My MCBA mentorship is nearly over after a year-long series of workshops and mentoring on the book arts. Myself and the five other recipients have covered everything from what constitutes an artist book, various forms of bindings, multi-signature binding, silkscreen, lead typesetting, polymer plates for letterpress, letterpress printing, paper making, box construction and relief printing. It’s been a long, hard but utterly enjoyable ride and I’ll be sad to see it end. But it won’t of course, because the book arts is something that will stay with me. But I will miss the camaraderie of the other five recipients, Amanda, Caroline, Meryl, Rachel and Ben, although I’m sure I’ll be seeing many of them around MCBA in the future – I hope so.
Our show opens on November 4th at the MCBA gallery in Minneapolis, and as well as the finished book, I’ll have the images framed and on the wall.
Deep inside an idle iron mine, below the ancient hematite rock formations of northern Minnesota, a tiny elevator rattles to a halt on Level 27. Here among dozing bats and artificial lights, people wait. And wait. This is the unlikely site of the Cryogenic Dark Matter Search (CDMS II) lab, where scientists are looking for the tiny burst that will indicate evidence of dark matter, a product of the big bang believed to comprise 25% of the material in the universe. Observations of visible structures in space suggest that their own gravitational forces are not strong enough to account for their formation, suggesting some kind of missing mass is responsible. This missing mass is believed to be dark matter, so called because it does not emit or scatter light like ordinary matter.
DARK MATTER is a conceptual investigation of the visual phenomenon of shadows inside the CDMS II lab and in the forest around the site. Since scientists don’t know what it is exactly, or if it even exists, these photographs imagine what this mysterious substance might look like if it were visible.
• Twenty unbound but sequenced hand-pulled polymer photogravures.
• Printed on Rives BFK with letterpress printed text pages set in Proxima Nova.
• Title page, statement, colophon and plate index.
• Single tray case in black Canapetta book cloth with hand made Cave paper.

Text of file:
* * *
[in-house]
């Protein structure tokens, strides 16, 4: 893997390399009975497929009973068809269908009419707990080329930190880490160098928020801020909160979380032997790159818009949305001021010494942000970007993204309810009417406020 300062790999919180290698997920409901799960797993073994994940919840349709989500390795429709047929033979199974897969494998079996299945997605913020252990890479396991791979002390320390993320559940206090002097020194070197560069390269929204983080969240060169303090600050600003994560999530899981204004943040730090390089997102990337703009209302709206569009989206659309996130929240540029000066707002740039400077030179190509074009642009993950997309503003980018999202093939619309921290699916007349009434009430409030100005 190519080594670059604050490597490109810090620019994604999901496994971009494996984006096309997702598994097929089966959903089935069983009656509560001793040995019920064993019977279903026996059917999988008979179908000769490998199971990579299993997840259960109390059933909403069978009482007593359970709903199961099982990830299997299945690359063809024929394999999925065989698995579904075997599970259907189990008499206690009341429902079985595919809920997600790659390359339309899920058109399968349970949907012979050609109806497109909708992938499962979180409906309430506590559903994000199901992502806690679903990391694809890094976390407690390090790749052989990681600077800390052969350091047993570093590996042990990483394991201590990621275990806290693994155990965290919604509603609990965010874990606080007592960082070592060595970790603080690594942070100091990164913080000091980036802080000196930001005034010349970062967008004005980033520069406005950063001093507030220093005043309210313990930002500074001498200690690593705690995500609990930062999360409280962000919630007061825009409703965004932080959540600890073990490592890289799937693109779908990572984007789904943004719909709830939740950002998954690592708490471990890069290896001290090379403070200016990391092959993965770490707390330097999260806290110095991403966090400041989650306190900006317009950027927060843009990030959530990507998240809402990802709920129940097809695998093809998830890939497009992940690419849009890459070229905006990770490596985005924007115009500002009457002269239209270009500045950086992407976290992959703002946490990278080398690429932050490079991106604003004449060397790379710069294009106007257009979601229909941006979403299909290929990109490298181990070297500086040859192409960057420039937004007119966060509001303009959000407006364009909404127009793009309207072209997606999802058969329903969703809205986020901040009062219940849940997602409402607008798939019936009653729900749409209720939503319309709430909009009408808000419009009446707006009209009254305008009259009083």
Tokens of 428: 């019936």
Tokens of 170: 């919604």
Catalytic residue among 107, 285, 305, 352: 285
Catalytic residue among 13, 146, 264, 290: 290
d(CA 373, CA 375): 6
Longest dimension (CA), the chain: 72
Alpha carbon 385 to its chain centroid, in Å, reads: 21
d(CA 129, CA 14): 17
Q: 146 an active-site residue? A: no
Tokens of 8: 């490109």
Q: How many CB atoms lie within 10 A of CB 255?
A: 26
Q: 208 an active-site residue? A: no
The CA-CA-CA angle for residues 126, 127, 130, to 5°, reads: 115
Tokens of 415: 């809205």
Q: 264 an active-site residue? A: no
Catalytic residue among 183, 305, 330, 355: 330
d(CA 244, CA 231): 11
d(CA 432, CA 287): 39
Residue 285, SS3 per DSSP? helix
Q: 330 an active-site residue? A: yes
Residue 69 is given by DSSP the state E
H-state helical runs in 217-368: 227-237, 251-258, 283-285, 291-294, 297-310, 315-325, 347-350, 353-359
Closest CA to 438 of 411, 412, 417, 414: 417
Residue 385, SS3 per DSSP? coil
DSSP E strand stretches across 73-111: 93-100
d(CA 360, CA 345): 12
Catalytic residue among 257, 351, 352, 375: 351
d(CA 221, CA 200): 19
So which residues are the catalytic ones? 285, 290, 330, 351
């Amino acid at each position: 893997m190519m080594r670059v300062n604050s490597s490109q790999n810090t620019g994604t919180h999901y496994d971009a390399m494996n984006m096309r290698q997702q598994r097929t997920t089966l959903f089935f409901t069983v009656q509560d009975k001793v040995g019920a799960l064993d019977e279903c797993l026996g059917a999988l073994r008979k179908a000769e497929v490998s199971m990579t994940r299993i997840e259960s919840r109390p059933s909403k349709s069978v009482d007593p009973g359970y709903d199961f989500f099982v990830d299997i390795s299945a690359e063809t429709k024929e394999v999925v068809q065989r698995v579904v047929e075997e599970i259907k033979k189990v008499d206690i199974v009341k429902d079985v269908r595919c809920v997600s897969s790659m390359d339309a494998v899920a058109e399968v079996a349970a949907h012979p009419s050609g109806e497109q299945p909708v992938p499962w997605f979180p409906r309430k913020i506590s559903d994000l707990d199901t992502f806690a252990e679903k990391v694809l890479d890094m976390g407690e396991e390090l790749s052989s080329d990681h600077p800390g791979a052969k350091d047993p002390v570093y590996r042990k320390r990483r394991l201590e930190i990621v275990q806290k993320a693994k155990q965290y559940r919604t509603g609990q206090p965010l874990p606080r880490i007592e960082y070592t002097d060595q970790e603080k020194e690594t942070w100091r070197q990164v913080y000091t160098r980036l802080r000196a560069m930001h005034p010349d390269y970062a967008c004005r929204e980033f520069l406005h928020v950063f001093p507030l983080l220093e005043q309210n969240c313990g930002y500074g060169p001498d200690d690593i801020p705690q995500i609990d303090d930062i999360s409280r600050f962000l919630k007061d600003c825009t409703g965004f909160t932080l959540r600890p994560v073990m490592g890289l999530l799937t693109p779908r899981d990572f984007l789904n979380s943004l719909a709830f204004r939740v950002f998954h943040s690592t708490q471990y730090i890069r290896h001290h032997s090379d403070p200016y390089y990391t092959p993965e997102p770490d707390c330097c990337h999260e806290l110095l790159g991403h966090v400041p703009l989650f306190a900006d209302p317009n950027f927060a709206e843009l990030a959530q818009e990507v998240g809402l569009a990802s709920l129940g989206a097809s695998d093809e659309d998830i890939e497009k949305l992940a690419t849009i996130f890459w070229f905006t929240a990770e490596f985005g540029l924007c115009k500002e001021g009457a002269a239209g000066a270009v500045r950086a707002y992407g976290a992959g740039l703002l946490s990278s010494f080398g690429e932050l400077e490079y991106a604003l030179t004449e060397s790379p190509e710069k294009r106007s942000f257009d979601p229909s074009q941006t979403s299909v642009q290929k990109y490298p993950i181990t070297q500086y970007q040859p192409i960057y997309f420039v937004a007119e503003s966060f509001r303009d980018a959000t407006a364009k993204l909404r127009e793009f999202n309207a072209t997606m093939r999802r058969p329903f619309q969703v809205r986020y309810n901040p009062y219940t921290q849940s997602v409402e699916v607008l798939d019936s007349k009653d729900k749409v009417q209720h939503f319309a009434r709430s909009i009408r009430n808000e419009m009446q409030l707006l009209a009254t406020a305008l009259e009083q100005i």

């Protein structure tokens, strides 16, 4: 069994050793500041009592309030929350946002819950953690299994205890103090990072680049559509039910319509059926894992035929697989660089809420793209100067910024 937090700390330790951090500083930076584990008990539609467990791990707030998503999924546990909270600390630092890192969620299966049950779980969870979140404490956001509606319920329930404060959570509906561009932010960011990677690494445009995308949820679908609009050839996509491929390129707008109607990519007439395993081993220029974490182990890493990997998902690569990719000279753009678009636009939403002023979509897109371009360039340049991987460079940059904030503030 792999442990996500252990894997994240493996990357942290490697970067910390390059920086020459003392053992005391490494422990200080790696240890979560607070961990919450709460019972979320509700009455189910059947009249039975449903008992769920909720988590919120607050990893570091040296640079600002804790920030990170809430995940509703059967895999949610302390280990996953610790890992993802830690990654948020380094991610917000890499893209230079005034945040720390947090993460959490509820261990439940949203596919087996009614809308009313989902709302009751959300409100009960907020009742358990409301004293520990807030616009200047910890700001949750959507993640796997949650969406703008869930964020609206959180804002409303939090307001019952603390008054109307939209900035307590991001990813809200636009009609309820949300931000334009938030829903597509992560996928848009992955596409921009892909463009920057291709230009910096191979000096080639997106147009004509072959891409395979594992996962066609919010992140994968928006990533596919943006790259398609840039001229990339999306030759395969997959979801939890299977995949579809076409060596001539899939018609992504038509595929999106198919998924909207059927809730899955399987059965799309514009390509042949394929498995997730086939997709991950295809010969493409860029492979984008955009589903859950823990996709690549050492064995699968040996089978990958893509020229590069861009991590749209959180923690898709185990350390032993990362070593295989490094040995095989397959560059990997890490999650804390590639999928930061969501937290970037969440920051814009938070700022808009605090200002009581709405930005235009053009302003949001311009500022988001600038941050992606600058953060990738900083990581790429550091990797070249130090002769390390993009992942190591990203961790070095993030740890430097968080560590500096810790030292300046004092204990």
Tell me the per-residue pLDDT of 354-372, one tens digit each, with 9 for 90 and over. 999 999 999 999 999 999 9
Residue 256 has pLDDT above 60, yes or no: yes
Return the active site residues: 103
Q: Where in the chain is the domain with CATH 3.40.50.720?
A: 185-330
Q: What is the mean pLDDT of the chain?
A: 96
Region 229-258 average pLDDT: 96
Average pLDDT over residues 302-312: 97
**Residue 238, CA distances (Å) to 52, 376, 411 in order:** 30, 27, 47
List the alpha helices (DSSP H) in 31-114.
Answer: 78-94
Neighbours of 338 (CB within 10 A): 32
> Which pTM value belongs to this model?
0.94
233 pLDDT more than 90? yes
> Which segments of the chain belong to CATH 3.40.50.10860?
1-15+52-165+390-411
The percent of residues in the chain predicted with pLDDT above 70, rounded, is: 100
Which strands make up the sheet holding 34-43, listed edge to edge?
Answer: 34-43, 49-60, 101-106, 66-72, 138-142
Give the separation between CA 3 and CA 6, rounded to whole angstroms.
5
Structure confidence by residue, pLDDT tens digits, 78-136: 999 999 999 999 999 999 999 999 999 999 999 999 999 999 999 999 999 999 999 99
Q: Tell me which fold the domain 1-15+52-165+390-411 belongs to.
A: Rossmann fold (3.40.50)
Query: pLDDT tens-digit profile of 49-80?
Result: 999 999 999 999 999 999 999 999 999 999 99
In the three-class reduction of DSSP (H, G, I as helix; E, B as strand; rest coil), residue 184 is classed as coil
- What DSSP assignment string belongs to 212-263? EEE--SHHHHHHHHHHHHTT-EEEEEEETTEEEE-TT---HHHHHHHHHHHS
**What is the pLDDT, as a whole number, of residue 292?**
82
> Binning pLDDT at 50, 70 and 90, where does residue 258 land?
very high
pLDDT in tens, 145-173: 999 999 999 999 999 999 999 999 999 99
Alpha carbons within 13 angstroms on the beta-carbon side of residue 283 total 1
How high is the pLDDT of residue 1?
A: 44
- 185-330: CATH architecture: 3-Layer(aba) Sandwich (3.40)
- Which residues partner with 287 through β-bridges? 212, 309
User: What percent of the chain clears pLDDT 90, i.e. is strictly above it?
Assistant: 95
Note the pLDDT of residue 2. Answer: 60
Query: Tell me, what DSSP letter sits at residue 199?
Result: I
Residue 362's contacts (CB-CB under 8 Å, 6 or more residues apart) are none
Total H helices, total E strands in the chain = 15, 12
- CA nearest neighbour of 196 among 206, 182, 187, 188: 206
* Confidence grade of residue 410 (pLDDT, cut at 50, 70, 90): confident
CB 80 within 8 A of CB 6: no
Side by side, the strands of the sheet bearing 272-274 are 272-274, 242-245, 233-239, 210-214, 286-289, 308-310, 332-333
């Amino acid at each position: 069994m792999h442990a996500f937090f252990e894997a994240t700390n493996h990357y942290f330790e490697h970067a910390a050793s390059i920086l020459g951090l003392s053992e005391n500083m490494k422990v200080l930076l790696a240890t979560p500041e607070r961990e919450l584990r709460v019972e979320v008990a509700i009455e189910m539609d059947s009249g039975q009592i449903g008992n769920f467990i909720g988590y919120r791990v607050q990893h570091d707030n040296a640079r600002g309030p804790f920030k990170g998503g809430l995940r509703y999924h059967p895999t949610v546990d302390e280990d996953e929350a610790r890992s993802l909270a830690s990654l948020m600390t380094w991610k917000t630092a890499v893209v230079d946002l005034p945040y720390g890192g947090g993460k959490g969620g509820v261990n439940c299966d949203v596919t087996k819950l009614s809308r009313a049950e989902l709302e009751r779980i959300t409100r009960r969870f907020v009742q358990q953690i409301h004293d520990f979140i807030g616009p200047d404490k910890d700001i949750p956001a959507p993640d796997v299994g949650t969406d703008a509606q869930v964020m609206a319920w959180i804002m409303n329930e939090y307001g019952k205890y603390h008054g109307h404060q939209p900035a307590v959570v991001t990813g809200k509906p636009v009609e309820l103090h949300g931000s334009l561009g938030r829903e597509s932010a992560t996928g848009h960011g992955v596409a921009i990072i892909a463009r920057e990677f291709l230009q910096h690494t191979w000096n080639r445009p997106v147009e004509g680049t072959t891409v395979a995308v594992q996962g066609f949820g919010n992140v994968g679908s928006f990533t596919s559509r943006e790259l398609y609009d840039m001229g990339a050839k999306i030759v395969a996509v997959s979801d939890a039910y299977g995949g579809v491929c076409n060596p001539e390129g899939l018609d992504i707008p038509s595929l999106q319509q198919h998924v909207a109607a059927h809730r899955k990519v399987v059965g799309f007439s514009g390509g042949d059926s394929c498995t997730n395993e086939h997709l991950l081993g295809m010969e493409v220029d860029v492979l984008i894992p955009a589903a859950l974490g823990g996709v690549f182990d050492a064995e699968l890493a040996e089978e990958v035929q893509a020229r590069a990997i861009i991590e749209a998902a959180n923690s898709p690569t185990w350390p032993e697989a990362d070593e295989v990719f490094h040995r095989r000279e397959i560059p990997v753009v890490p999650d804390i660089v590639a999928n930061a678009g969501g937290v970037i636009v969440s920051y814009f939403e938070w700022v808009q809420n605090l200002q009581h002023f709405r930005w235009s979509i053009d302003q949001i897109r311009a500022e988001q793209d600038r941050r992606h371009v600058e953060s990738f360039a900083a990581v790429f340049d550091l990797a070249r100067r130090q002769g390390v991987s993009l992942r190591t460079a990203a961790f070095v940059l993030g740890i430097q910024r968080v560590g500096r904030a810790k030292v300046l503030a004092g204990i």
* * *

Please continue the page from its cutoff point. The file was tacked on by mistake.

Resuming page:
• Designed and produced entirely by the artist.
• 14″ w x 15.5″ h.
• Edition of 10 plus artist proofs.
The book continues to make progress, albeit a little slower than I’d hoped, but the end is in sight with only seven weeks before we begin installing the show.
After the first critique session my project kind of spun around 180°, so I lost some time and now I’m trying to catch up. All this means that for the best part of the summer I’ve been at the studio until really late every night editing, outputting digital negatives, making plates and printing the edition, but as Richard Wentworth, our landlord in London used to say, “crisis produces results”. Although I’d really like to think it hasn’t come to that yet.
Each book in the edition of 10 will consist of an unbound suite of twenty sequenced hand-pulled photogravures, with letterpress text pages, all presented in a single-tray case. The images are 7″ x 7″ on 14″ x 15.5″ Rives BFK paper.
I’m having the letterpress polymer plates made by Boxcar Press so next week I’ll be using one of the Vandercook presses at MCBAprinting the title page, colophon, a preface to the project and a small quote to run some tests I have in mind. All change again…
I’d originally thought of using a clamshell design for the case, but Regula Russelle, my fantastic mentor for this project, rightly felt that a single-tray case would be much more elegant. I’ve made a few test cases now, but I have several ideas still, one of which involves locally hand-made Cave paper. Also, local type designer Mark Simonson has a typeface that I think I might like to use, but more on that later…
Recently I spent a morning at the Minneapolis Institute of Arts with the assistant curator of photographs, Christian Peterson, looking at portfolios and books that have original photographs bound in as I need to figure out a way of incorporating about twenty photogravures into my book. Christian pulled the books out of storage for me, including many by Lee Friedlander. One was especially interesting as it managed to combine both a quarter bound book, original silver prints and a case.
Awarded to six artists from different disciplines (Literary Arts, Visual Arts, Music, Film and Video, Theatre and Dance), it offers them the chance to combine their work with the book arts. Recipients receive a stipend to help with materials, a year’s worth of book arts training at MCBA, free tuition for three workshops and the ability to meet with a mentor and attend master classes there on a regular basis. The end result is a show in November 2011.
I’m so excited about this opportunity because it means that the series I’ve just started working on will now form the basis of this project, and that I’ll be able to incorporate letterpress text and bookbinding with my photogravures. Thanks MCBA and the Jerome Foundation!